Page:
Public Sector to Undergo Cloud Adoption, PM Says

PUTRAJAYA, Oct 19 ― The “Cloud First” Strategy will be introduced to the national agenda, starting with the public sector, as it is fundamental to an organisation’s digital transformation, said Prime Minister Datuk Seri Najib Tun Razak.

He said cloud adoption would  enable the government to rapidly deliver innovative public sector services without incurring a high level of capital expenditure to invest in Information Technology (IT) infrastructures such as data centres, servers and storage.

“This enables the government to allocate resources for more impactful programmes for the rakyat.

“With this strategy in place, it is without doubt that the government is taking the lead in embracing digital transformation,” he said after chairing the 29th MSC Malaysia Implementation Council Meeting at Perdana Putra, here today.
Also present at the meeting were Communications and Multimedia Minister Datuk Seri Dr Salleh Said Keruak and his deputy Datuk Jailani Johari, Second Finance Minister Datuk Seri Johari Abdul Ghani, Transport Minister Datuk Seri Liow Tiong Lai and Higher Education Minister Datuk Seri Idris Jusoh.
Najib said the government could also facilitate the adoption of cloud by the private sector.

In the case of regulated industries such as the banking and financial services, healthcare and telecommunications, he said, the regulators were encouraged to accelerate the publishing of progressive guidelines for companies in these sectors to reap the benefits of cloud whilst maintaining compliance to regulations.

Najib said the government would also develop a National Artificial Intelligence (Al) Framework, an expansion of the National Big Data Analytics (BDA) Framework, which will be led by the Malaysia Digital Economy Corporation (MDeC).

He said in a hyper connected world, it was becoming abundantly clear that AI was the defining force of the fourth industrial revolution.

“AI could well be a “game changer” in improving the lives of Malaysians,” he said.

On a wider industry-level, Najib said the government would  establish the Digital Transformation Acceleration Programme (D-TAP) for large and mid-tier companies which contribute 63.4 percent of the Gross Domestic Product (GDP), to accelerate digital adoption.

He said Malaysia’s industries were still far from being digitally ready and the challenges noted included lack of structured approach, budget limitations, shortage of digital workers as well as the perception that digital transformation was too “fast paced and complex”.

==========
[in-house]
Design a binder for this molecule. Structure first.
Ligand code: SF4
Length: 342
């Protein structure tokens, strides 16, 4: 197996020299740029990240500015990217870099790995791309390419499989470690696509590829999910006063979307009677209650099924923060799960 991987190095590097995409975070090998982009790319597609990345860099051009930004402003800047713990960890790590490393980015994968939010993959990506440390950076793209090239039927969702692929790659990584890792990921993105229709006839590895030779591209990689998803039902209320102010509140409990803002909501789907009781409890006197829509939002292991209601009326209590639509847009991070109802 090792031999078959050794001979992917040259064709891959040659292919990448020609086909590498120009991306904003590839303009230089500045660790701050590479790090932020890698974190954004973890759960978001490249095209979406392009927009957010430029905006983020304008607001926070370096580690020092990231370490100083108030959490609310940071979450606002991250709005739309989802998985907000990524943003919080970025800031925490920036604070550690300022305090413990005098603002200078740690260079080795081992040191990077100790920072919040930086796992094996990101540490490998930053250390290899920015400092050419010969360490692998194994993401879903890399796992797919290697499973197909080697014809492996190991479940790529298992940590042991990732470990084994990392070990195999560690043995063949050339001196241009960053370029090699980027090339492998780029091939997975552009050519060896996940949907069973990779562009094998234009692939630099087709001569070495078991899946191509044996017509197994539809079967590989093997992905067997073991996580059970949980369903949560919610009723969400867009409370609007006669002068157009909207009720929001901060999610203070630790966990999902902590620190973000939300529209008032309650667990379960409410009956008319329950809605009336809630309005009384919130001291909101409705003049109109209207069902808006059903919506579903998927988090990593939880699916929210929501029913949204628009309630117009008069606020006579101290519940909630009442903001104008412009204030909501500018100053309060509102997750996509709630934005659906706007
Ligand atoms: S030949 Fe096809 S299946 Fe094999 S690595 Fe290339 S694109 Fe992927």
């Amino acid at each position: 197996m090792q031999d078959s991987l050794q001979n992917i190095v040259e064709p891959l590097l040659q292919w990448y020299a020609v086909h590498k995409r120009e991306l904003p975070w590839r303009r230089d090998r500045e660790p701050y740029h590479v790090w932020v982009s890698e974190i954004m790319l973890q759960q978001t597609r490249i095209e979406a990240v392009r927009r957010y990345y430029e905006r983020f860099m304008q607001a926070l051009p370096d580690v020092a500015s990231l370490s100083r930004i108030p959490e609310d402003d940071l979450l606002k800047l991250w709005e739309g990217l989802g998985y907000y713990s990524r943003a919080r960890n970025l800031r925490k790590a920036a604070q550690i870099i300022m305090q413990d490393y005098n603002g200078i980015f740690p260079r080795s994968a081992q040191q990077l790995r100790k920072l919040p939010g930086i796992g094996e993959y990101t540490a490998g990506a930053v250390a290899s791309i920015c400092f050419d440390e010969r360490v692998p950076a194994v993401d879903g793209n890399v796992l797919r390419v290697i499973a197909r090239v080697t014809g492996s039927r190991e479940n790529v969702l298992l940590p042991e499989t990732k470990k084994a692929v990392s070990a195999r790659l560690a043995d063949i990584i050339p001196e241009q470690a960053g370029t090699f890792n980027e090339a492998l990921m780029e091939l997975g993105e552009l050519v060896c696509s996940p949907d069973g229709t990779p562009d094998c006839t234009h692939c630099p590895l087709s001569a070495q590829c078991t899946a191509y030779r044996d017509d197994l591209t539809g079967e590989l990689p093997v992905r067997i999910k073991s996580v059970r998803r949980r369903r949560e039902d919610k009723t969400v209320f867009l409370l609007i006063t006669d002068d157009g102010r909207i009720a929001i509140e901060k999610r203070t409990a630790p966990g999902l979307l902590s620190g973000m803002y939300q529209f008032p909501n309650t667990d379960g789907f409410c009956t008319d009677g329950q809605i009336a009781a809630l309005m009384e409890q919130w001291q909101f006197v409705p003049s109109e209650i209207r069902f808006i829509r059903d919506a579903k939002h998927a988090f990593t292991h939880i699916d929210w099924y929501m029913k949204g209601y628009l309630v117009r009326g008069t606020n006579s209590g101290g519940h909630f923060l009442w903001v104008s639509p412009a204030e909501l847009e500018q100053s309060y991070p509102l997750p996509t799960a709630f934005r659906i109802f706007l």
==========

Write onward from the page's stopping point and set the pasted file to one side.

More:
To accelerate the transformation, he said, the government would  appoint Digital Transformation Labs to provide consultancy and assist in prototyping new digital products and services.

“The labs will then match participant companies to digital companies.
“This outcome driven programme intends to achieve three main outcomes from increased productivity, reduction in foreign labour dependency as well as create a new business model or source of growth for the participant companies,” he said.

Najib said 2017 was the year of the Internet Economy for Malaysia with the next milestone being the launching of the first Digital Free Trade Zone outside China on Nov 3.

After the meeting, Najib also witnessed the exchange of documents for the setting up of Mountain Partners’ South East Asia operations hub in Malaysia.
Through the set-up, The Swiss-headquartered company builder would help more than 15 of their global portfolio companies expand into Malaysia and creating more than 400 job opportunities, including more than 50 top C-suite (top senior executives) talent roles.

Mountain Partners will also set-up a US$100 million fund to invest in Malaysia and South East Asia tech start-ups.

Najib also witnessed the exchange of documents of partnership between the private equity firm Leonie Hill Capital and Japan-based IP Bridge, which will see Malaysia as the home ground for their venture building initiative.
The partnership, through lP Bridge’s global expansion initiative, ManGo Factory, will also relocate more than 10 Southeast Asian and Japanese start-ups in Malaysia, providing them with facilities, access and market opportunities in Malaysia and Japan. ― Bernama

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